The episode clearly reeks of intimidation by the EC or whoever directed the arrest. As Mr Rao’s book shows, the EC has been obstinate in its stand that EVMs are “foolproof”, “perfect” and “tamper-free” despite overwhelming evidence to the contrary across the world. Mr Halderman, Mr Prasad, et al have shown that by embedding a Bluetooth (wireless technology) device, it’s possible to manipulate the EVM using remote devices like a mobile phone.
The book painstakingly explains this and other methods of manipulation. Ideally, India should’ve followed suit — or ordered deeper inquiry — when the Netherlands, Germany, Italy and Ireland banned EVMs because they were “easy to falsify,” risked eavesdropping” and “lacked transparency”. What’s worse is that Indian EVMs leave no trail — there is no mechanism to track suspected election fraud.
The EC’s obstinacy thus defies reason. On one hand, the EC insists that EVMs are impregnable. So there should really be no reason to not let the researchers examine the machine. What or who is it scared of? Indeed, if it were transparent, it should’ve actually facilitated Mr Prasad and team to expose any vulnerability in the EVMs. That would’ve restored our faith in the health of our democratic institutions. Instead, Mr PV Indiresan issued an outlandish analogy equating a call for a scientific inquiry into EVMs with testing the chastity of Sita. This only helps deepen suspicions about foul play in the issue.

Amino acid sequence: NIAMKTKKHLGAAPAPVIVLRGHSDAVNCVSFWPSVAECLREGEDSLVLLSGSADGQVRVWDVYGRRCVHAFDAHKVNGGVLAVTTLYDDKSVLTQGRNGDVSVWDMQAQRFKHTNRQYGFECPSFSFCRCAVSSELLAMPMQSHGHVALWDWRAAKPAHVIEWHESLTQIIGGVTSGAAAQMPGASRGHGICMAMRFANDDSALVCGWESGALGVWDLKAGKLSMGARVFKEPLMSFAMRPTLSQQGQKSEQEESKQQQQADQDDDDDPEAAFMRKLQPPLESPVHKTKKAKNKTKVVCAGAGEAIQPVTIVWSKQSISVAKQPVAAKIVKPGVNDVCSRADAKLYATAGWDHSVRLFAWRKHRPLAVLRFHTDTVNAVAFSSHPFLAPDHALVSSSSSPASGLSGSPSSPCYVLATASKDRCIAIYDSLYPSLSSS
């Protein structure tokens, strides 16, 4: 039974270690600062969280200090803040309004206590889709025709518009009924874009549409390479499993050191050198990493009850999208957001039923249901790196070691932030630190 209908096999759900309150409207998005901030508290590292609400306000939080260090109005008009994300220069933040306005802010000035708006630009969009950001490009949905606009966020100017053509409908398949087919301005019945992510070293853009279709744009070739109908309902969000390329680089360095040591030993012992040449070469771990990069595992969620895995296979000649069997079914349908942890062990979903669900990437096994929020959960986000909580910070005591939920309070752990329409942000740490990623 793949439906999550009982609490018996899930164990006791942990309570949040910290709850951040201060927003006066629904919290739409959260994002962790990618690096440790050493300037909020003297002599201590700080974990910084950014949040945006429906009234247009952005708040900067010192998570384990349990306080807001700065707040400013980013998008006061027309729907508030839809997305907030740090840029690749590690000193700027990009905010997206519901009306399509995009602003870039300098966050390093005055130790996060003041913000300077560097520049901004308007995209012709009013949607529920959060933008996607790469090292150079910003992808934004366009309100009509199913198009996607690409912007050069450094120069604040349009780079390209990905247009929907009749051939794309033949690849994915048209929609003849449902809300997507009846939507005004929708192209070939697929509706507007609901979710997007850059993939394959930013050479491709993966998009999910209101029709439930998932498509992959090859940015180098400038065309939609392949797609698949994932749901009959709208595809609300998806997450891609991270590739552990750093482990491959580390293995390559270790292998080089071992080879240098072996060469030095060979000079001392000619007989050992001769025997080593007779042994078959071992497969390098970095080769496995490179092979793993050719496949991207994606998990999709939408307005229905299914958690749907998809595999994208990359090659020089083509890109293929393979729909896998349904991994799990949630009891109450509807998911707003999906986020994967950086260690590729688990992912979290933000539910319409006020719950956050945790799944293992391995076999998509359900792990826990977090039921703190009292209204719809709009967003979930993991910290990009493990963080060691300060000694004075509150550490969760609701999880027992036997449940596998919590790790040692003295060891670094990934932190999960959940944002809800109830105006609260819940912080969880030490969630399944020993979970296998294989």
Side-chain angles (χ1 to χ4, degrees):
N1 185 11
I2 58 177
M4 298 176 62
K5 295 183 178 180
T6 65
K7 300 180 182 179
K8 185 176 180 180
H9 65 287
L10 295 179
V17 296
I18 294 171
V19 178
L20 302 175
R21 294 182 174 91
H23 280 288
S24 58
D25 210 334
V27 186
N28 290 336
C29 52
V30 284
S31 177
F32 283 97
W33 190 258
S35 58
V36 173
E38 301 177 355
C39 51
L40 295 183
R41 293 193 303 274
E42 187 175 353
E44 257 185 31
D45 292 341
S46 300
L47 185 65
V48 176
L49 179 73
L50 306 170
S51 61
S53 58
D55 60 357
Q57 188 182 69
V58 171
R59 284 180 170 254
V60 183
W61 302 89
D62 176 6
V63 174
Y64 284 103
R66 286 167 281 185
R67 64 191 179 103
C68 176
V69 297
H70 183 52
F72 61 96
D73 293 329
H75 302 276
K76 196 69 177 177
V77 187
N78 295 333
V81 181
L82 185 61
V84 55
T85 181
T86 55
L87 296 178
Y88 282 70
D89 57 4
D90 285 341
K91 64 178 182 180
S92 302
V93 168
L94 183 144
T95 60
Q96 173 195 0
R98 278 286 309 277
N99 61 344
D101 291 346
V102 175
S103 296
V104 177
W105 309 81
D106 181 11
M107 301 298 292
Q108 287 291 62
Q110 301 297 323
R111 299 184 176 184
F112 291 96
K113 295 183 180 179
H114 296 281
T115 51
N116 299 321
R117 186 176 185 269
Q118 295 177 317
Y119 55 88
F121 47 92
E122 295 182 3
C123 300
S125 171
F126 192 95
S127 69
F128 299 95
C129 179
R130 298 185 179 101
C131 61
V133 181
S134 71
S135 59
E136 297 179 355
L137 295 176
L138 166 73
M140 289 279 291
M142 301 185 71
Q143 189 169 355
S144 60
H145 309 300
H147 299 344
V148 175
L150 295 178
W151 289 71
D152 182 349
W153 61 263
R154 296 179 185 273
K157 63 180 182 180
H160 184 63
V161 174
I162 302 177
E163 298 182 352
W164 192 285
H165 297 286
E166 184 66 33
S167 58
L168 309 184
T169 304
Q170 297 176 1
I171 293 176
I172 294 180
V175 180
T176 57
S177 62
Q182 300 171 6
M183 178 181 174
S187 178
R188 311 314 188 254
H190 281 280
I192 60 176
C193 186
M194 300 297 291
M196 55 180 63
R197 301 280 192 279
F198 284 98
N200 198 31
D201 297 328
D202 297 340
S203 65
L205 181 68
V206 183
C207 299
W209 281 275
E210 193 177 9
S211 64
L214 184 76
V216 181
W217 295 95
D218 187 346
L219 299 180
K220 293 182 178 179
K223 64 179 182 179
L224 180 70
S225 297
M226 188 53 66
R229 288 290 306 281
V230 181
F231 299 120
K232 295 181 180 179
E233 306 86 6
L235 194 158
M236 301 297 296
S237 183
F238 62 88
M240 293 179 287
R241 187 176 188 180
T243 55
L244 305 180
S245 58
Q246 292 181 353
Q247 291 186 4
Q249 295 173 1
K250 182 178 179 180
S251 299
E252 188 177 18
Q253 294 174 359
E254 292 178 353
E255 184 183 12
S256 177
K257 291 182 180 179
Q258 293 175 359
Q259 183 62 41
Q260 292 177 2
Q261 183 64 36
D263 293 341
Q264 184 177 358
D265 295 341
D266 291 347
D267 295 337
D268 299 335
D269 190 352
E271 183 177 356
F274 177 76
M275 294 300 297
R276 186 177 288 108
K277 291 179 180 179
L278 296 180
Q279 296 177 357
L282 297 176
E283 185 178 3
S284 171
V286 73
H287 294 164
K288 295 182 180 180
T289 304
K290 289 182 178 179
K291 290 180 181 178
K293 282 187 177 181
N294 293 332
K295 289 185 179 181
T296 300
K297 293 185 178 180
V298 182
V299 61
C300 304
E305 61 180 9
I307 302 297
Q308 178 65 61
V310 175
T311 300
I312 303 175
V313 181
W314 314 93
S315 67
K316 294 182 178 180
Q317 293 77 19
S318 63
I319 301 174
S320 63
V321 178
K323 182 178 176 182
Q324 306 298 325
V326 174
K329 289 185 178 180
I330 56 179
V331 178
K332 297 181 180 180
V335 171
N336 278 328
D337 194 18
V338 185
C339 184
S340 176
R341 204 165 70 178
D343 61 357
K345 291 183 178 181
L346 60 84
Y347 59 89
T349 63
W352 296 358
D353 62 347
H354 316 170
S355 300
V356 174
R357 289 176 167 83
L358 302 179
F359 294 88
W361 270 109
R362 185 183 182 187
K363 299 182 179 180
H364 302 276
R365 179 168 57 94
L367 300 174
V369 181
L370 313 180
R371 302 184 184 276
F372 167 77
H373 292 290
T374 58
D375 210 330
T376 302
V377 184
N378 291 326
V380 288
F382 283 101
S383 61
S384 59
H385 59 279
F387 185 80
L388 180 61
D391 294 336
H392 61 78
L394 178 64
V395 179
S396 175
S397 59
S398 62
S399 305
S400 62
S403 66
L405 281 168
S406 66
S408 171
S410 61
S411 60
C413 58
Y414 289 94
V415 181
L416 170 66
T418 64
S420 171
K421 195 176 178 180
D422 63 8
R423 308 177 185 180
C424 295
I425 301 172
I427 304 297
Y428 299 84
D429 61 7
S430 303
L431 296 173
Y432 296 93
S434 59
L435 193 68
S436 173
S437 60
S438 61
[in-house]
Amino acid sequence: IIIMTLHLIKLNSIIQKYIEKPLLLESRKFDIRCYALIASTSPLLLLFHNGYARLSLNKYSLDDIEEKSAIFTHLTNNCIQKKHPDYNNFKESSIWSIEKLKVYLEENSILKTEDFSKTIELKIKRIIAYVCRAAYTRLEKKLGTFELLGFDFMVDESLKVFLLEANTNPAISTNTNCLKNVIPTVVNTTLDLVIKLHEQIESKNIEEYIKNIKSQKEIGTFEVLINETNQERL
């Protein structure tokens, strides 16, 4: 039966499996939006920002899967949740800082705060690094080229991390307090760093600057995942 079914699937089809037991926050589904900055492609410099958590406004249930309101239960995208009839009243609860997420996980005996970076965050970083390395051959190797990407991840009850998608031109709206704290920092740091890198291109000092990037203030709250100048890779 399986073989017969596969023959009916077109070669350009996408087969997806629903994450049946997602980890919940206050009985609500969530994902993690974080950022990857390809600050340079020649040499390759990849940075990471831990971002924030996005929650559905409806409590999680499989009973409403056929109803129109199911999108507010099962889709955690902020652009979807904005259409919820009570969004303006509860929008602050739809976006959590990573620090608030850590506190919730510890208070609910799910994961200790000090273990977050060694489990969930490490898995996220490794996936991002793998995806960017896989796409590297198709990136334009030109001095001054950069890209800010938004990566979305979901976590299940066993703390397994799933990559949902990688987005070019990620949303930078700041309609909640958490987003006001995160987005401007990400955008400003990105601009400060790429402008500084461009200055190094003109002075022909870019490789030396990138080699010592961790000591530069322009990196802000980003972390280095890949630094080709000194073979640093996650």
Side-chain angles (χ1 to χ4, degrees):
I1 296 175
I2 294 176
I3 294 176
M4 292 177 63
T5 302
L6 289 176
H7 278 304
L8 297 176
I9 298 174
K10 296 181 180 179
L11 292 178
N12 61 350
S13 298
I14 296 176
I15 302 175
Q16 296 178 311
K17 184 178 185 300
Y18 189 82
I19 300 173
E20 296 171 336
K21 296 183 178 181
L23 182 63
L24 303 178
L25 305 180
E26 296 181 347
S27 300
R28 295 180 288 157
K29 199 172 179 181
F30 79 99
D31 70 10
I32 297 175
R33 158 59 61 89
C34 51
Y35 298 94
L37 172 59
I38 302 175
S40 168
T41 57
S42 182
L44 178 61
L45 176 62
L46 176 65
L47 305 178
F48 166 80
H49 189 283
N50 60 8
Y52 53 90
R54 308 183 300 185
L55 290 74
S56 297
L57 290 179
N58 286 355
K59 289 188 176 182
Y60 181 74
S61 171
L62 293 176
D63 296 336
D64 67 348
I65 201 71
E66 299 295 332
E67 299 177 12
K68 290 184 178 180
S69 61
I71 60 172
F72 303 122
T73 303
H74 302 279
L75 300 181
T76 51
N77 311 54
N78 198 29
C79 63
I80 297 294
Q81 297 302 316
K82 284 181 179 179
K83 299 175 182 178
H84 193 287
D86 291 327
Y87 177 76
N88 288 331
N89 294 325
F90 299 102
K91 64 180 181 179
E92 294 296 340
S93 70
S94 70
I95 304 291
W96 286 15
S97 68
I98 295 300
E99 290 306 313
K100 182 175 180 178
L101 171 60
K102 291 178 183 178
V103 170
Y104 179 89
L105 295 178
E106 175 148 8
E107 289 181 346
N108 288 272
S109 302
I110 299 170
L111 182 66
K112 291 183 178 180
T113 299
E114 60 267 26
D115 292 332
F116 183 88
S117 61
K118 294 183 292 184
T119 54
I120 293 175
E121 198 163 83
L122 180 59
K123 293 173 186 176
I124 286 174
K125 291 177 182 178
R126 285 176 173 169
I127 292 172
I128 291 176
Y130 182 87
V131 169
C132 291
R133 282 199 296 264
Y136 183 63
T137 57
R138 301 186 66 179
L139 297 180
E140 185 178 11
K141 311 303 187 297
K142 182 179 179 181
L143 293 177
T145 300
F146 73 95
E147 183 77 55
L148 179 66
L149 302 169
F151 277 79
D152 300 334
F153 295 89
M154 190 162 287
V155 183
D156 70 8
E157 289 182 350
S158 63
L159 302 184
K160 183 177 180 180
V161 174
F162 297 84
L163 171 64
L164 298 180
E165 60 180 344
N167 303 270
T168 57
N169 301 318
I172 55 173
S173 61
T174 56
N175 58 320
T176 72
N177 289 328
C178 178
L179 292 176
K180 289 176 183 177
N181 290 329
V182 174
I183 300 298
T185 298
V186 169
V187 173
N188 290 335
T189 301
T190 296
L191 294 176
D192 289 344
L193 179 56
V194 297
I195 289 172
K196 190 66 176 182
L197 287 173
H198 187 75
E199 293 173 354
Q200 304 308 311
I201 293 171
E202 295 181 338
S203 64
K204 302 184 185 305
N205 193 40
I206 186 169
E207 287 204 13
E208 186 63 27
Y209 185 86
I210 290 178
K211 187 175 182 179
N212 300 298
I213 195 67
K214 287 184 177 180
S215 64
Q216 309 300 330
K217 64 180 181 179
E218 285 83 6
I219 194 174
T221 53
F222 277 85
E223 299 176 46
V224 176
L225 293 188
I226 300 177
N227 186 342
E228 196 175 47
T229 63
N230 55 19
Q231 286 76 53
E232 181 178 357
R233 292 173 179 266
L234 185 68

[DIGRESSION: Btw, on 4 February 2008, Indiresan wrote to me "I will try [to review the book]" and gave his address for being sent the book, Breaking Free of Nehru. The publisher Anthem Press sent it to him by courier. He not only did not bother to review it, he did not respond to numerous subsequent email reminders. See this. What credibility does such a man have? Not with me, anyway. Small things like this show the true character of a man. Was he scared of publicly discussing my extremely adverse comments on Nehru's socialism? I trust he will one day tell me why he promised to so something but then backed out. And he didn't return the book either.
Second, NO SCIENTIST WORTH HIS SALT WILL EVER MAKE THE STATEMENT THAT INDIRESAN HAS MADE. A scientist is sworn to the truth, and to experiment. Why should he bring religious symbolism into a factual matter?]